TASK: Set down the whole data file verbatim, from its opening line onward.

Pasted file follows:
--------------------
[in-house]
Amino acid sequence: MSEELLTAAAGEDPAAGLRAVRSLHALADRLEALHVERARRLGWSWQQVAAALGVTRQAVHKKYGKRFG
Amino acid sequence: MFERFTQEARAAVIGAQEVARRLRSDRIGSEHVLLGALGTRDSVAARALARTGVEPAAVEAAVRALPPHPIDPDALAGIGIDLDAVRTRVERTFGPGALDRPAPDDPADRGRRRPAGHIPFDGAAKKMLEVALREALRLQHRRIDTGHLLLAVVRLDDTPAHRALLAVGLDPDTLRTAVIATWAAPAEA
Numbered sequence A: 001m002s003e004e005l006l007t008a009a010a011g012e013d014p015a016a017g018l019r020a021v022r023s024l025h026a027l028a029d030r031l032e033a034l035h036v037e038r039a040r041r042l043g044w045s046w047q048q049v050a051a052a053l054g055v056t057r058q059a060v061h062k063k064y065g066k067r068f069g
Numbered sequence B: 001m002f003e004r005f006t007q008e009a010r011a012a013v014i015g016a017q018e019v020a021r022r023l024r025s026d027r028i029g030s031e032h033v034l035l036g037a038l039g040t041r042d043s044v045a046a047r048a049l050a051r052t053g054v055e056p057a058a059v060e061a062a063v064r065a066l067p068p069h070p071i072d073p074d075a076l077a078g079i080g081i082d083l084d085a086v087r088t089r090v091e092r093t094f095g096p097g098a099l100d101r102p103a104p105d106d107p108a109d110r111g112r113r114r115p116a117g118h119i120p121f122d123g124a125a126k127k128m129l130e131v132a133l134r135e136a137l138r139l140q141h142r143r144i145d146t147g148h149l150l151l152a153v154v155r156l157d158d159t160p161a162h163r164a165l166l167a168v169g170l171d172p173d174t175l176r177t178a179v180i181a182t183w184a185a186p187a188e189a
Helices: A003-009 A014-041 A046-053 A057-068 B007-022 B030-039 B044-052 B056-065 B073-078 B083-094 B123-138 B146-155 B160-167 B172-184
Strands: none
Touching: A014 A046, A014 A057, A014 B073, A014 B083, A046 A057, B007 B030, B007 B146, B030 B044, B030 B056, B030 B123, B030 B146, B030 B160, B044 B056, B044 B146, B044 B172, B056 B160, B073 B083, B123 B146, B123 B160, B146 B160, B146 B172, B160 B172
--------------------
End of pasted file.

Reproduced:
[in-house]
Amino acid sequence: MSEELLTAAAGEDPAAGLRAVRSLHALADRLEALHVERARRLGWSWQQVAAALGVTRQAVHKKYGKRFG
Amino acid sequence: MFERFTQEARAAVIGAQEVARRLRSDRIGSEHVLLGALGTRDSVAARALARTGVEPAAVEAAVRALPPHPIDPDALAGIGIDLDAVRTRVERTFGPGALDRPAPDDPADRGRRRPAGHIPFDGAAKKMLEVALREALRLQHRRIDTGHLLLAVVRLDDTPAHRALLAVGLDPDTLRTAVIATWAAPAEA
Numbered sequence A: 001m002s003e004e005l006l007t008a009a010a011g012e013d014p015a016a017g018l019r020a021v022r023s024l025h026a027l028a029d030r031l032e033a034l035h036v037e038r039a040r041r042l043g044w045s046w047q048q049v050a051a052a053l054g055v056t057r058q059a060v061h062k063k064y065g066k067r068f069g
Numbered sequence B: 001m002f003e004r005f006t007q008e009a010r011a012a013v014i015g016a017q018e019v020a021r022r023l024r025s026d027r028i029g030s031e032h033v034l035l036g037a038l039g040t041r042d043s044v045a046a047r048a049l050a051r052t053g054v055e056p057a058a059v060e061a062a063v064r065a066l067p068p069h070p071i072d073p074d075a076l077a078g079i080g081i082d083l084d085a086v087r088t089r090v091e092r093t094f095g096p097g098a099l100d101r102p103a104p105d106d107p108a109d110r111g112r113r114r115p116a117g118h119i120p121f122d123g124a125a126k127k128m129l130e131v132a133l134r135e136a137l138r139l140q141h142r143r144i145d146t147g148h149l150l151l152a153v154v155r156l157d158d159t160p161a162h163r164a165l166l167a168v169g170l171d172p173d174t175l176r177t178a179v180i181a182t183w184a185a186p187a188e189a
Helices: A003-009 A014-041 A046-053 A057-068 B007-022 B030-039 B044-052 B056-065 B073-078 B083-094 B123-138 B146-155 B160-167 B172-184
Strands: none
Touching: A014 A046, A014 A057, A014 B073, A014 B083, A046 A057, B007 B030, B007 B146, B030 B044, B030 B056, B030 B123, B030 B146, B030 B160, B044 B056, B044 B146, B044 B172, B056 B160, B073 B083, B123 B146, B123 B160, B146 B160, B146 B172, B160 B172